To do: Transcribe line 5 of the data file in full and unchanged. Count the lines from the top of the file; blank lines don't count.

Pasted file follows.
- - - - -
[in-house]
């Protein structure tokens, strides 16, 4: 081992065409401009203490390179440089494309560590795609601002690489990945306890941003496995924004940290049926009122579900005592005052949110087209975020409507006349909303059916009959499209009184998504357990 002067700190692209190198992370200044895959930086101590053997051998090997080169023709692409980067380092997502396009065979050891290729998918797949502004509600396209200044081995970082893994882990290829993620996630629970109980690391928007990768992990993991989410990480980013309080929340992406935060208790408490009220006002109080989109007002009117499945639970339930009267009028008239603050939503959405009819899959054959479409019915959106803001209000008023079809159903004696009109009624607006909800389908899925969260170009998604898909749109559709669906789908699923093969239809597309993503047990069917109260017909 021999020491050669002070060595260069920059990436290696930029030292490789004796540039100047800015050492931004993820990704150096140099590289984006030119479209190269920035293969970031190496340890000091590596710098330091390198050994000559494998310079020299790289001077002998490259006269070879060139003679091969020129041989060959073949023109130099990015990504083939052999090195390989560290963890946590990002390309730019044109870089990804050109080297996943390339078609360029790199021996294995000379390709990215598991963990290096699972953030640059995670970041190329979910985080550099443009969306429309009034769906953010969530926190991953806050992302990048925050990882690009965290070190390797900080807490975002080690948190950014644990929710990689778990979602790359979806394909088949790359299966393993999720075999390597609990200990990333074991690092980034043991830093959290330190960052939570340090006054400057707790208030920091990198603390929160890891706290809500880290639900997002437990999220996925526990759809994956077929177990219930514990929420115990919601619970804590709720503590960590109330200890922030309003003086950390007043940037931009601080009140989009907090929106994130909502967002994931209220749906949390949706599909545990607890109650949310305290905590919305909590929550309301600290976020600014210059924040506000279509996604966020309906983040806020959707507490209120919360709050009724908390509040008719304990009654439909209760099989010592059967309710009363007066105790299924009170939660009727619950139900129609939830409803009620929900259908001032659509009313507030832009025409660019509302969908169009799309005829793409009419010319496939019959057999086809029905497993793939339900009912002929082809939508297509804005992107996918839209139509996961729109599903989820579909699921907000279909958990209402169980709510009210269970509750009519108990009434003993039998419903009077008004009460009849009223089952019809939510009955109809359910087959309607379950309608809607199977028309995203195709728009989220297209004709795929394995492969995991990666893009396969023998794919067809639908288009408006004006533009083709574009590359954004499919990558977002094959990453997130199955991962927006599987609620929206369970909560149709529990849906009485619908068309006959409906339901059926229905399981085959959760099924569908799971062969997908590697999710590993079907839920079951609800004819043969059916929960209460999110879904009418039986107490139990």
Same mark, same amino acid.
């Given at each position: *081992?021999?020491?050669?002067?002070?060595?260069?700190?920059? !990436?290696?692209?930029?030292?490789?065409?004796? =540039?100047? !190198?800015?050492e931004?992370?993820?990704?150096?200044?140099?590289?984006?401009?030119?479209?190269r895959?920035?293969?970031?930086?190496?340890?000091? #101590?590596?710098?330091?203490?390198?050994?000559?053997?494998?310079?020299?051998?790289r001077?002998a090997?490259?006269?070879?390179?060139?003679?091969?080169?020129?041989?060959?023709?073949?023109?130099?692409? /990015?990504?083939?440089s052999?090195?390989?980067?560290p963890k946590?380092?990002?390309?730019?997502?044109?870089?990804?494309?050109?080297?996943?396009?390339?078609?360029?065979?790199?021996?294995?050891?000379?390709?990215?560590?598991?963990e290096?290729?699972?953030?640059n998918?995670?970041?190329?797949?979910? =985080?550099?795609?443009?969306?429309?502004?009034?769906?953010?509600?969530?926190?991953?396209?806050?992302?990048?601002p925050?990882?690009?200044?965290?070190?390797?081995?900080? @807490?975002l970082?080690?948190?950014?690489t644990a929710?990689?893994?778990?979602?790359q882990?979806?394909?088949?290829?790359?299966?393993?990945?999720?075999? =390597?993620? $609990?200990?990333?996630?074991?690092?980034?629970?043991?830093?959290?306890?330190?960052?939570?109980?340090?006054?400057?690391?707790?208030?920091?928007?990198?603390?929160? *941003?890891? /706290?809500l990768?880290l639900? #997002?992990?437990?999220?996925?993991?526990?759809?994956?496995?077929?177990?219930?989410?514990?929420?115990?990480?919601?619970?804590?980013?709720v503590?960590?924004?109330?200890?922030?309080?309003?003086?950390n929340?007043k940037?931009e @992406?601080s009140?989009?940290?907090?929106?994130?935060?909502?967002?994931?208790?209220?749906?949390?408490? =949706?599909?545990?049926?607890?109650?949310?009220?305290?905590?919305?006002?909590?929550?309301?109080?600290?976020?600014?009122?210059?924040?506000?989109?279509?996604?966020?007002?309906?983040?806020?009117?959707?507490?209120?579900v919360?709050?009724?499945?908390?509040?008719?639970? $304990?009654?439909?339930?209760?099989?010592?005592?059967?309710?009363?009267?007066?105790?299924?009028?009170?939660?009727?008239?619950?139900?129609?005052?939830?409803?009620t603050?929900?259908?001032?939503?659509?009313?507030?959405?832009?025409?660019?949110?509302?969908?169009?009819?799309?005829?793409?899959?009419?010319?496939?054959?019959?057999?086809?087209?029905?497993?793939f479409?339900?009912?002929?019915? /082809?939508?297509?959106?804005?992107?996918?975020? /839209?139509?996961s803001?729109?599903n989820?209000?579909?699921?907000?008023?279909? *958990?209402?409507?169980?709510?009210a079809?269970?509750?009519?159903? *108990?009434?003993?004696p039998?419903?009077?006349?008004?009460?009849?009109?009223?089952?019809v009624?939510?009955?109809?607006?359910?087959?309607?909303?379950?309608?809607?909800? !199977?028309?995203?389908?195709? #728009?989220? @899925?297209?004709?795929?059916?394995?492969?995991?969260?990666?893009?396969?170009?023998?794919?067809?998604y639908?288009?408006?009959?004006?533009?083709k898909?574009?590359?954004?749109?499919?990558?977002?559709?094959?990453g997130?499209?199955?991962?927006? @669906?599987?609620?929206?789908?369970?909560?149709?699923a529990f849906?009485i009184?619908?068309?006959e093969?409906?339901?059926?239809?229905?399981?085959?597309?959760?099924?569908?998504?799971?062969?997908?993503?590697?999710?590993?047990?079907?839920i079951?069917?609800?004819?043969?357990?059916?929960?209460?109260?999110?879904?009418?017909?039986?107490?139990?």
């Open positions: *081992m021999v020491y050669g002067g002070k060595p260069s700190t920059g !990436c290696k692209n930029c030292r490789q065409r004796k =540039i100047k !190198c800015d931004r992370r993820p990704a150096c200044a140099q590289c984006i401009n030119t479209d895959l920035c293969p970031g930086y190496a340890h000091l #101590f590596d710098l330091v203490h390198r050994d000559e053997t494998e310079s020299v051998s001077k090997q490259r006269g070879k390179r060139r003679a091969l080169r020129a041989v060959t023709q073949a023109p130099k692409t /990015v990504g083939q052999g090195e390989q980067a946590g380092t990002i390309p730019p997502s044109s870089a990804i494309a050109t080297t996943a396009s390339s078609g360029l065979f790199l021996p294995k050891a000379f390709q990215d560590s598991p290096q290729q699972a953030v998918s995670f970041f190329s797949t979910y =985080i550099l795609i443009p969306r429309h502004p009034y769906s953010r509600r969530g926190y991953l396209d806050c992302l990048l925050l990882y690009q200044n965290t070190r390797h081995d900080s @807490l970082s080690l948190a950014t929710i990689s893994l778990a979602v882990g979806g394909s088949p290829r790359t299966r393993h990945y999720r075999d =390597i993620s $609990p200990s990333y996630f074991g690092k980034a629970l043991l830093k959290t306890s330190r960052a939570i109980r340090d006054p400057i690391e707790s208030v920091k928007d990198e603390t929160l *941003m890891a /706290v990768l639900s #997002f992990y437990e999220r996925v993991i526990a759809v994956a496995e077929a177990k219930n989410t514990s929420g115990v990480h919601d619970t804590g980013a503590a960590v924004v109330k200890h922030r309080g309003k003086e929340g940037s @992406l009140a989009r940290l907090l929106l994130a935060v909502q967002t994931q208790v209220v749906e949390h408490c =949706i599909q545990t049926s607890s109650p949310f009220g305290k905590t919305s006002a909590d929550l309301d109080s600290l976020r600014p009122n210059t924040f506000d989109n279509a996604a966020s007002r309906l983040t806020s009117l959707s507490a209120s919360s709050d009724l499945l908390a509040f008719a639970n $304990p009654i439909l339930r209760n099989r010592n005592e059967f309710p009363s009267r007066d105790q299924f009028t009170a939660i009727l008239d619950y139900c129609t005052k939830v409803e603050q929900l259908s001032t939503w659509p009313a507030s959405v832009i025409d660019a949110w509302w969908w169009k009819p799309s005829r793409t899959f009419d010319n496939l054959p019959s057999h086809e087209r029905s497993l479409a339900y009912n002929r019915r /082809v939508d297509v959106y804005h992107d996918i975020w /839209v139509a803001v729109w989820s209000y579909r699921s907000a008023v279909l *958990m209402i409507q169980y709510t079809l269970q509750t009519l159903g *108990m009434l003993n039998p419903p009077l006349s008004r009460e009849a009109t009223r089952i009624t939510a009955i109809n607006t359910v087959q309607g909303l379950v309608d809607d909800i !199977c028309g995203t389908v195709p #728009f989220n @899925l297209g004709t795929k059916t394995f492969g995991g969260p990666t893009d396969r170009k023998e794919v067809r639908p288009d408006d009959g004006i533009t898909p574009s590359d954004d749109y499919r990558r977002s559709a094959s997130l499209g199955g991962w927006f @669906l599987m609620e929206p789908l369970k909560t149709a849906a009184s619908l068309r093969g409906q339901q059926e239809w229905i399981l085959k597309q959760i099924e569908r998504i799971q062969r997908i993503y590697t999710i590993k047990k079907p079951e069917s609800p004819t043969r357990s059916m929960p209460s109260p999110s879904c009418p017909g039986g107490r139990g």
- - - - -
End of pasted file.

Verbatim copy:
């Open positions: *081992m021999v020491y050669g002067g002070k060595p260069s700190t920059g !990436c290696k692209n930029c030292r490789q065409r004796k =540039i100047k !190198c800015d931004r992370r993820p990704a150096c200044a140099q590289c984006i401009n030119t479209d895959l920035c293969p970031g930086y190496a340890h000091l #101590f590596d710098l330091v203490h390198r050994d000559e053997t494998e310079s020299v051998s001077k090997q490259r006269g070879k390179r060139r003679a091969l080169r020129a041989v060959t023709q073949a023109p130099k692409t /990015v990504g083939q052999g090195e390989q980067a946590g380092t990002i390309p730019p997502s044109s870089a990804i494309a050109t080297t996943a396009s390339s078609g360029l065979f790199l021996p294995k050891a000379f390709q990215d560590s598991p290096q290729q699972a953030v998918s995670f970041f190329s797949t979910y =985080i550099l795609i443009p969306r429309h502004p009034y769906s953010r509600r969530g926190y991953l396209d806050c992302l990048l925050l990882y690009q200044n965290t070190r390797h081995d900080s @807490l970082s080690l948190a950014t929710i990689s893994l778990a979602v882990g979806g394909s088949p290829r790359t299966r393993h990945y999720r075999d =390597i993620s $609990p200990s990333y996630f074991g690092k980034a629970l043991l830093k959290t306890s330190r960052a939570i109980r340090d006054p400057i690391e707790s208030v920091k928007d990198e603390t929160l *941003m890891a /706290v990768l639900s #997002f992990y437990e999220r996925v993991i526990a759809v994956a496995e077929a177990k219930n989410t514990s929420g115990v990480h919601d619970t804590g980013a503590a960590v924004v109330k200890h922030r309080g309003k003086e929340g940037s @992406l009140a989009r940290l907090l929106l994130a935060v909502q967002t994931q208790v209220v749906e949390h408490c =949706i599909q545990t049926s607890s109650p949310f009220g305290k905590t919305s006002a909590d929550l309301d109080s600290l976020r600014p009122n210059t924040f506000d989109n279509a996604a966020s007002r309906l983040t806020s009117l959707s507490a209120s919360s709050d009724l499945l908390a509040f008719a639970n $304990p009654i439909l339930r209760n099989r010592n005592e059967f309710p009363s009267r007066d105790q299924f009028t009170a939660i009727l008239d619950y139900c129609t005052k939830v409803e603050q929900l259908s001032t939503w659509p009313a507030s959405v832009i025409d660019a949110w509302w969908w169009k009819p799309s005829r793409t899959f009419d010319n496939l054959p019959s057999h086809e087209r029905s497993l479409a339900y009912n002929r019915r /082809v939508d297509v959106y804005h992107d996918i975020w /839209v139509a803001v729109w989820s209000y579909r699921s907000a008023v279909l *958990m209402i409507q169980y709510t079809l269970q509750t009519l159903g *108990m009434l003993n039998p419903p009077l006349s008004r009460e009849a009109t009223r089952i009624t939510a009955i109809n607006t359910v087959q309607g909303l379950v309608d809607d909800i !199977c028309g995203t389908v195709p #728009f989220n @899925l297209g004709t795929k059916t394995f492969g995991g969260p990666t893009d396969r170009k023998e794919v067809r639908p288009d408006d009959g004006i533009t898909p574009s590359d954004d749109y499919r990558r977002s559709a094959s997130l499209g199955g991962w927006f @669906l599987m609620e929206p789908l369970k909560t149709a849906a009184s619908l068309r093969g409906q339901q059926e239809w229905i399981l085959k597309q959760i099924e569908r998504i799971q062969r997908i993503y590697t999710i590993k047990k079907p079951e069917s609800p004819t043969r357990s059916m929960p209460s109260p999110s879904c009418p017909g039986g107490r139990g």